Anders Rydell and the Pirate Bay logo. Photo: Scanpix
loved and loathed

The Pirate Bay celebrates 10-year anniversary

Ten years after the file-sharing site Pirate Bay was founded in Sweden, the pirate ship is still afloat, despite many legal challenges.

The ten-year anniversary of Pirate Bay will be marked by its followers with a large party in Stockholm, featuring workshops, performances, food and drink. Some 5000 are expected attend.

The Pirate Bay quickly establised itself as the world's biggest site for finding bit-torrent downloads of music, games and films. But the file-sharing system also opens the door to illegal downloading of copyrighted material. Despite many legal challenges, Anders Rydell, the author of a book about Pirate Bay, tells Swedish Radio News that it's more popular than ever.

"Figures were presented this Spring that show that the Pirate Bay is the world's largest site for downloading. Many come and go, but Pirate Bay remains."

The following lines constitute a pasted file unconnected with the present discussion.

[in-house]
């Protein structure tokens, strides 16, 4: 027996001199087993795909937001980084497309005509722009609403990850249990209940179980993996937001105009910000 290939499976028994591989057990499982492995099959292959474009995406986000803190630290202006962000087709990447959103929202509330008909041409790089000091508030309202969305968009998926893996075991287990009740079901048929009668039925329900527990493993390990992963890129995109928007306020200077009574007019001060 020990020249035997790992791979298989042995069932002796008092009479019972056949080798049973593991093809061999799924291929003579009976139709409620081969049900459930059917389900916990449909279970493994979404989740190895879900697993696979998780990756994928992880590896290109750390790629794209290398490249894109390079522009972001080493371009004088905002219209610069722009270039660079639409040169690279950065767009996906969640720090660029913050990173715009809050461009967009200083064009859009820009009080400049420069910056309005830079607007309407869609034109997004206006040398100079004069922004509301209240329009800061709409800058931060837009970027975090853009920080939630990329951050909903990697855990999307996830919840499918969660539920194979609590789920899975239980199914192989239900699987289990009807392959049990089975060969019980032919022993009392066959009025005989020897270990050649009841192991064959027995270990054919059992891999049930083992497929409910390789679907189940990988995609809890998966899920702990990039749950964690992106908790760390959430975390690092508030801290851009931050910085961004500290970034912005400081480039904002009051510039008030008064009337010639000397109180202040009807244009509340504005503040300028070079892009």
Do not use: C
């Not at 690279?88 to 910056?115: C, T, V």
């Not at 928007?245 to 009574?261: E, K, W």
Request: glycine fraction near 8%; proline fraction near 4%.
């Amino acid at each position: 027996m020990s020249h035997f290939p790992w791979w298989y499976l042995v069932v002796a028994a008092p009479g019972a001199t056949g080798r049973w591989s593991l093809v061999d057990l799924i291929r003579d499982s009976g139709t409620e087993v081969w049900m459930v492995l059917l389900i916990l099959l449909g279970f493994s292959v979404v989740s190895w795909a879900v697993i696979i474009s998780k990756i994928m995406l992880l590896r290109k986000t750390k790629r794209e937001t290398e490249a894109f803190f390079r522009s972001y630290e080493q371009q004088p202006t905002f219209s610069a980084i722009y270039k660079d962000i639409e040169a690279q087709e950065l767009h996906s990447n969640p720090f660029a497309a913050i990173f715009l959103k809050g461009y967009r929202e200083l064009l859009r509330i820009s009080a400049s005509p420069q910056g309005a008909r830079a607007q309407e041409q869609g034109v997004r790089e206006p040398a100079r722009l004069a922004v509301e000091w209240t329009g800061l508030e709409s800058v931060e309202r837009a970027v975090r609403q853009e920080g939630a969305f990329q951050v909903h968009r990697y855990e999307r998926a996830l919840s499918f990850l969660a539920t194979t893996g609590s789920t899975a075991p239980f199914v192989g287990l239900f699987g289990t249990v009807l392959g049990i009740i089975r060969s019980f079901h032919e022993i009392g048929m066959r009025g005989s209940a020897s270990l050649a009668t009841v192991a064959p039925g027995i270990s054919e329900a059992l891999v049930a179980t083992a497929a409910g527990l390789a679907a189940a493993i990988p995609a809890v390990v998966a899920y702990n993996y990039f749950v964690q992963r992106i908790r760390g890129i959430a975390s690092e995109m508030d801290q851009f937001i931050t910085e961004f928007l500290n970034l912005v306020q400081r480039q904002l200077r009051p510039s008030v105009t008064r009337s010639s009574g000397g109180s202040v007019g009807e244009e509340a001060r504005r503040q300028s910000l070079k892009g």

Why has this website become so large and popular?

"As I see it the it has satisfied a demand that has not been met by other media companies," Rydell says.

In 2009, the four founders of the site were convicted by a Swedish district court to 1 year prison terms and ordered to pay US$3.6 million in damages for copyright infringement following a police raid on the site's servers in 2006 .

A Swedish appeals court later upheld the convictions of the four defendants, reducing their prison sentences but increasing their fines. The appeals court ruled that the Pirate Bay had facilitated illegal file sharing, a decision welcomed by the entertainment industry which has been vehemently opposed the Pirate Bay over the last decade.

The site's popularity has also led to the creation in 2006 of a political party, The Pirate Party, which saw its membership rocket to 21,000 members following the Pirate Bay trial and it even gained a foothold in the EU parliament following the elections there in 2009, winning 2 seats. The party now operates in several countries.

Despite the controversies over the years, The Pirate Bay was never closed down and it continues to offer links to free music, films, games and software.

Our journalism is based on credibility and impartiality. Swedish Radio is independent and not affiliated to any political, religious, financial, public or private interests.
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